DESCRIBING FLAVOUR | Continuing our series on the topic Better Yeast, Better Beer, here we provide the first part of a three-part article explaining yeast’s significant potential in developing revolutionary new beer tastes and flavours to meet rising consumer demands for innovative beer tastes. In part two, we examine the many variables that brewers can exploit to modulate yeast impact on beer flavour and aroma. And finally, in part three, we explore the idea of developing novel brewer’s yeast strains, using classical non-GMO techniques, to help deliver better yeasts for better beer.
EXPERIENCING BEER has become a refined art for today’s savvy beer drinkers. Terms like “hoppy” have been replaced with descriptors such as “menthol”, “floral”, “citrus”, “woody aromatic” and “cream caramel”, to name a few. In fact, the palates of some beer enthusiasts are probably sophisticated enough that they could moonlight as professional sensory panelists. The divide between enthusiast and professional has narrowed remarkably, with many passionate beer drinkers ultimately starting up their own successful breweries.
The art and science of brewing has also become increasingly complex. While at its core brewing beer has remained unchanged for thousands of years, the modern brewer has at their disposal a deeper scientific understanding of brewing and fermentation, as well as advances in brewing technology that allow for precise control of the multitude of biological, environmental and chemical factors at work in the makeup of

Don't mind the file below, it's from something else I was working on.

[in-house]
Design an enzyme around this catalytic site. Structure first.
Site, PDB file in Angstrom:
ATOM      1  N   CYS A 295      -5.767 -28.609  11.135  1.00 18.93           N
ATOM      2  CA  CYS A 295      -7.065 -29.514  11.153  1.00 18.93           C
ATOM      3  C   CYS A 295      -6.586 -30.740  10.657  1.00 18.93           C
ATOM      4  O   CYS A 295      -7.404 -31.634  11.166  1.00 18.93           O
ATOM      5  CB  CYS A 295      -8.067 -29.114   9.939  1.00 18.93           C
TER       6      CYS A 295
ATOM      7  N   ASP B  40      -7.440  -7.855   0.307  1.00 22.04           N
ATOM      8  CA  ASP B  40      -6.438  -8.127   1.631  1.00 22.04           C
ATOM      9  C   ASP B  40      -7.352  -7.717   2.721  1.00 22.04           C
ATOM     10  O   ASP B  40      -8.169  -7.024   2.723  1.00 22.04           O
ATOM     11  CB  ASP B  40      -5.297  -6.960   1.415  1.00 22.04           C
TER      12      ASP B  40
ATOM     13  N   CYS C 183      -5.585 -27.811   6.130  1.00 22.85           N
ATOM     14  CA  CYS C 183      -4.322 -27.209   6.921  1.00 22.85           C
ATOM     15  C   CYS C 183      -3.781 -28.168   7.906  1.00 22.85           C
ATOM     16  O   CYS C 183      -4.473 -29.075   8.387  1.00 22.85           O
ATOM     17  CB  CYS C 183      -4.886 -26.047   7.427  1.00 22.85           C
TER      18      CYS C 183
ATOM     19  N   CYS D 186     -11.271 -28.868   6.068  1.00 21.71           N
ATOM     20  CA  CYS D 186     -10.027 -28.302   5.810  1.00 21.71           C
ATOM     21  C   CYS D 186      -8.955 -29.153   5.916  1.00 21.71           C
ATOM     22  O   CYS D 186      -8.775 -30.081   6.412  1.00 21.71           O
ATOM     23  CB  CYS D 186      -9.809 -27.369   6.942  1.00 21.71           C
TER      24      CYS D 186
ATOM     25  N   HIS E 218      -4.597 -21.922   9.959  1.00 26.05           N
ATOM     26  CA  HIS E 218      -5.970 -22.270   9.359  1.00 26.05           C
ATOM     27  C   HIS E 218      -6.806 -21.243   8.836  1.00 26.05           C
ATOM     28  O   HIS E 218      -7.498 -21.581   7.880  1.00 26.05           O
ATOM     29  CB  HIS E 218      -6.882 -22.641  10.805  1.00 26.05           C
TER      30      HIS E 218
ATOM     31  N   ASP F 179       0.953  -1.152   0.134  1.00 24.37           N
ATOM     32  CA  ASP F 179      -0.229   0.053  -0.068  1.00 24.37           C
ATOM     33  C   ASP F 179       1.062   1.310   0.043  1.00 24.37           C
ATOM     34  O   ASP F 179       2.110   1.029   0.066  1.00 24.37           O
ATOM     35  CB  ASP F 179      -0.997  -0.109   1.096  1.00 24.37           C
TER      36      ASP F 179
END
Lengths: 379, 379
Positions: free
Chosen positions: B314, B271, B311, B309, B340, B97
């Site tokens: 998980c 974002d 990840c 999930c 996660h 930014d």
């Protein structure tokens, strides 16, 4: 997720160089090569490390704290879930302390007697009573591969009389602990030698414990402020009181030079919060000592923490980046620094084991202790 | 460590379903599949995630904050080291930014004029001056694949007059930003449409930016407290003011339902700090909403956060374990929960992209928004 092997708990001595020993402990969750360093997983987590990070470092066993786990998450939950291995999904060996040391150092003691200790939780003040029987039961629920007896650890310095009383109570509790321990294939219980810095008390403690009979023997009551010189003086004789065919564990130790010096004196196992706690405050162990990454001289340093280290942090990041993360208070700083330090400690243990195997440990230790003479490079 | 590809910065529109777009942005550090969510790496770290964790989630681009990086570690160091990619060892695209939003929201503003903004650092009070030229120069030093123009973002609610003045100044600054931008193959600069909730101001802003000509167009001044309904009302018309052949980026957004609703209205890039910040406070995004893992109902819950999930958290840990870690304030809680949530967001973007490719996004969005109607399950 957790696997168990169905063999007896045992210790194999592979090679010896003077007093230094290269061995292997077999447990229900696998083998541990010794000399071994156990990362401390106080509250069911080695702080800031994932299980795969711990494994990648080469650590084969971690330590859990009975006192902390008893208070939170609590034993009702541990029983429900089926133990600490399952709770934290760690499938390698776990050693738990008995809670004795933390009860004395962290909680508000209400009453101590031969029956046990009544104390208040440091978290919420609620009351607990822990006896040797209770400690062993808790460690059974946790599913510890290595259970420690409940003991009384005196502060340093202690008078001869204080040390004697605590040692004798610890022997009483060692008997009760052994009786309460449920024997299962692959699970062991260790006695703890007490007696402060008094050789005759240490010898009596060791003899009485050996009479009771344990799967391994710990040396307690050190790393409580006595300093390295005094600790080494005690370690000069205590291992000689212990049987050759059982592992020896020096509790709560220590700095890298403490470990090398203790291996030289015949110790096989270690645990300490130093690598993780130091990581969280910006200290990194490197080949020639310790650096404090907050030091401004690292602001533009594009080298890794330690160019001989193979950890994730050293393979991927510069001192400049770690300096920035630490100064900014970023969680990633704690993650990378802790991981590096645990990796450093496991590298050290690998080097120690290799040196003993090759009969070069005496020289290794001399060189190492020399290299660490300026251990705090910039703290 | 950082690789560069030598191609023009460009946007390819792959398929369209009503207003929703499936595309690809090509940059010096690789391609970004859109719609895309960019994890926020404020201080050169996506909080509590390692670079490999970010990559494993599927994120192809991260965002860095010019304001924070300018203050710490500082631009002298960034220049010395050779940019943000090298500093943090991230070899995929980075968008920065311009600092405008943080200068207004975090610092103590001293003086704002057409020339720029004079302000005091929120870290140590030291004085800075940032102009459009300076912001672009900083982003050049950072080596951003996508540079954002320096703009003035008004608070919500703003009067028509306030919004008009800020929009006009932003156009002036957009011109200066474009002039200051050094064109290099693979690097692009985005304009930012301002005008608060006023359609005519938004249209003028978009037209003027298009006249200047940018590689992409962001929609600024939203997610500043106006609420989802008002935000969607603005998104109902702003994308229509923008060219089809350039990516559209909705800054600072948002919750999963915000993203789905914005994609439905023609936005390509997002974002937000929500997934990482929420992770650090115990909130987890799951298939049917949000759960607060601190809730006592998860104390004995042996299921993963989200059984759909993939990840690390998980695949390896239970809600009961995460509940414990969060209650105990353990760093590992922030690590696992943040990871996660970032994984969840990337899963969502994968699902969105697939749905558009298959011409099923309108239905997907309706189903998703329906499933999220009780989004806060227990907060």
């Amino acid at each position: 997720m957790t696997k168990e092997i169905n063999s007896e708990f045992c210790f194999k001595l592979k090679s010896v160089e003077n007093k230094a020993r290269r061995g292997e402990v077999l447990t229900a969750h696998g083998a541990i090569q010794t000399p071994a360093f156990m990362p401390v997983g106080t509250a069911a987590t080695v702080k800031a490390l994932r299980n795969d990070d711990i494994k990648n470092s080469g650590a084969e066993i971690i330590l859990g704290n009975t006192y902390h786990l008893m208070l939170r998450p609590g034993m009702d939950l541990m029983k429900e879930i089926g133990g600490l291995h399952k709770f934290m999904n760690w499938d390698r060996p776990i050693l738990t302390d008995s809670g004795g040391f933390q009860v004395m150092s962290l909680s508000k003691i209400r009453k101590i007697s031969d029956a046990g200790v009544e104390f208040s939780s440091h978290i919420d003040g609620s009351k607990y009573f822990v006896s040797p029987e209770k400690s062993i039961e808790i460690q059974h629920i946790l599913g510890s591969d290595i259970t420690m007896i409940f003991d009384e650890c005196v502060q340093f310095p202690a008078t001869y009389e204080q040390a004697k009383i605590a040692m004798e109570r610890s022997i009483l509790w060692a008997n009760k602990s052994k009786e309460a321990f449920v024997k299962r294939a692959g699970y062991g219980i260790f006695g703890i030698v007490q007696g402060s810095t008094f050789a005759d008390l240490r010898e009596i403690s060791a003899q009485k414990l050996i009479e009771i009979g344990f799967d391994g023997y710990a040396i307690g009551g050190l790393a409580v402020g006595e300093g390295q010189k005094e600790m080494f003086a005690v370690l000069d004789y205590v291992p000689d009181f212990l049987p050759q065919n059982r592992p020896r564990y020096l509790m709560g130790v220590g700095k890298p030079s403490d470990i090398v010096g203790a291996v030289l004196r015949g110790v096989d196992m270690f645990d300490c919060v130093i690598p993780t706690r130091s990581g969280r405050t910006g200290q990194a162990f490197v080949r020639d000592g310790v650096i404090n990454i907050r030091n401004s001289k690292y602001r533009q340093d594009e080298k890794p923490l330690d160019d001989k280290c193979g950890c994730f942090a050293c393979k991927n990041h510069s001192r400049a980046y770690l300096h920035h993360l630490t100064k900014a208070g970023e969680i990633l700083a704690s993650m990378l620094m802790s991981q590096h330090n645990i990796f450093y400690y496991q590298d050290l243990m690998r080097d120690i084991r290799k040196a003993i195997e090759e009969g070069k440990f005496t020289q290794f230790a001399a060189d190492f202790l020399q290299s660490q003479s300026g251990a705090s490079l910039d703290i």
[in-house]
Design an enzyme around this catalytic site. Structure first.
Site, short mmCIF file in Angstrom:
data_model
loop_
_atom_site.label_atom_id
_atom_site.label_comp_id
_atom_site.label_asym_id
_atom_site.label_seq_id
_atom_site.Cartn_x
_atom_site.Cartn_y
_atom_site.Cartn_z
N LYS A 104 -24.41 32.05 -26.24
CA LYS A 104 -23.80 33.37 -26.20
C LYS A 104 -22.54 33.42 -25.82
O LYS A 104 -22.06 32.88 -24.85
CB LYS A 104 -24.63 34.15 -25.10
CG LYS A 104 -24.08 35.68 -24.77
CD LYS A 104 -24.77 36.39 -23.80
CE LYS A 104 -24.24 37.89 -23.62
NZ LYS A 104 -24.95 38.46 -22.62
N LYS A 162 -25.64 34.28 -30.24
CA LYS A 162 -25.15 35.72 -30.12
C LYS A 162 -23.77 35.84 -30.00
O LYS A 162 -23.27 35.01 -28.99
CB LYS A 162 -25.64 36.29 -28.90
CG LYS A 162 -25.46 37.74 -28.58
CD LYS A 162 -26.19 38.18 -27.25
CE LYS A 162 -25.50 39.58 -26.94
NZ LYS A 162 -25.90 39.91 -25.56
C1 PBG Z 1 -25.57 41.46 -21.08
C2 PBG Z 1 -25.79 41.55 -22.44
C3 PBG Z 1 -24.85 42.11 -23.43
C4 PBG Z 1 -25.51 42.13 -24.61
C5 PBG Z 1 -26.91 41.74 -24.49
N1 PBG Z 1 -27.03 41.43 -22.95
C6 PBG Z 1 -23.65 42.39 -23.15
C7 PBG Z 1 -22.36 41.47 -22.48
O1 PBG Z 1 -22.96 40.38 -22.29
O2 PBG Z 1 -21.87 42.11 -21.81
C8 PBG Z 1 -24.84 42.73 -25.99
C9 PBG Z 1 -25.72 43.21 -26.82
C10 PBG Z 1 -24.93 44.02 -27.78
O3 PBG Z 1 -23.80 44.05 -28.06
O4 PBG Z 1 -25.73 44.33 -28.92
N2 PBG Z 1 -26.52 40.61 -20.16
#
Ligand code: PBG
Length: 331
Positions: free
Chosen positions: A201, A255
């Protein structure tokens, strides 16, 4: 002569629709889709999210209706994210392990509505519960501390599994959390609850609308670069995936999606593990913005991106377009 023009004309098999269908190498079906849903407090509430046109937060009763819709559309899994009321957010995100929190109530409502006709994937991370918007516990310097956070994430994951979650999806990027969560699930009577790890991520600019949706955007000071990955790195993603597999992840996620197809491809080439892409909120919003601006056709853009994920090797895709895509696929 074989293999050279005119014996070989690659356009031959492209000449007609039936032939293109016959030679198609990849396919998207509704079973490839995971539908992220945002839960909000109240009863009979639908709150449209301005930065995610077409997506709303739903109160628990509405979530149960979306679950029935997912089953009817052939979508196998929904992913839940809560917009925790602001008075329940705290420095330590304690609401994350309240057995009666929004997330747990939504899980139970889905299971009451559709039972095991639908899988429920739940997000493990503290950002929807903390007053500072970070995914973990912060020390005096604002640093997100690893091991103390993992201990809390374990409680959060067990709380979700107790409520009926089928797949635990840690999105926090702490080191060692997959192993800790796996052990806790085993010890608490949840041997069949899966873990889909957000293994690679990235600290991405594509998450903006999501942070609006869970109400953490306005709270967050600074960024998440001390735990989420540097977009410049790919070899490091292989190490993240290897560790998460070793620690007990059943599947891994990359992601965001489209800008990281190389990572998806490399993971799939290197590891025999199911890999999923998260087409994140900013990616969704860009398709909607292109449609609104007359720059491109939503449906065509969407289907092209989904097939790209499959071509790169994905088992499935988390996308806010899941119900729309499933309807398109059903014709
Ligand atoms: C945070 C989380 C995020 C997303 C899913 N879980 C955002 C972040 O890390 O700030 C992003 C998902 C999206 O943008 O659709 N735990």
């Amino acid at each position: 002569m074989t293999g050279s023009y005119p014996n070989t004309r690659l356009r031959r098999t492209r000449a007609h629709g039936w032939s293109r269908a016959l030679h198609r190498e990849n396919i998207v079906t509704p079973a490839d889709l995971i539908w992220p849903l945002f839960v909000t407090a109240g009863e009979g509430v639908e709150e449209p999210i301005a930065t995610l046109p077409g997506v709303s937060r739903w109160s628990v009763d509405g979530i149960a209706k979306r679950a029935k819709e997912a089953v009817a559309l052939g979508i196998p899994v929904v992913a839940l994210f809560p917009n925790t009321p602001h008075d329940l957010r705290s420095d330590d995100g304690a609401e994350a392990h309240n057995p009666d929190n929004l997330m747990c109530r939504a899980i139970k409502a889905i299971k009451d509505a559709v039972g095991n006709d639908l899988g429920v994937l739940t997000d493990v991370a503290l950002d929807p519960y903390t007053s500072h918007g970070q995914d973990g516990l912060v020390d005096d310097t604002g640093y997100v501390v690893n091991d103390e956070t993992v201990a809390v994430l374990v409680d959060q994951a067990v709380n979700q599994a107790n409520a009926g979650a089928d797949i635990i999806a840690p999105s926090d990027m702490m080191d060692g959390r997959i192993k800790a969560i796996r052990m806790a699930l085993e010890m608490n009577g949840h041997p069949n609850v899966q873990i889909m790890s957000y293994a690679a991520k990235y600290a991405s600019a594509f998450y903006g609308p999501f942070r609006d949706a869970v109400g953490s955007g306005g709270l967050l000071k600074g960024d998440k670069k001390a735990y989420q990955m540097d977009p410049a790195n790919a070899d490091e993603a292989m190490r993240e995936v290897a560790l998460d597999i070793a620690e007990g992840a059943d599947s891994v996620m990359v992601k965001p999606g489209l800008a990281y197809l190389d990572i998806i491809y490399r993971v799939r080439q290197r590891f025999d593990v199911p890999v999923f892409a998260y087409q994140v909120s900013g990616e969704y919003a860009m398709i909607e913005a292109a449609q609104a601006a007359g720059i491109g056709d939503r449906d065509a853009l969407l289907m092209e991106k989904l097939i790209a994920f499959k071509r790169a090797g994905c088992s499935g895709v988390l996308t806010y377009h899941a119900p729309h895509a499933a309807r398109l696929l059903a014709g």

And brewers need every bit of help they can get, too. As the beer industry (specifically the craft market) matures, so does the beer consumer. The beer consumer today not only has a more cultivated palate but also, and importantly, a greater level of direct engagement with breweries via social media and beer ranking websites.Click for full article in PDF format – view / print / save
Publication: BRAUWELT INTERNATIONAL | KNOWLEDGE | FERMENTATION AND MATURATION
Authors: Jason Hung, Associate Scientific Research Writer, Matthew Dahabieh, Ph.D., Chief Science Officer, Renaissance BioScience Corp., Vancouver, Canada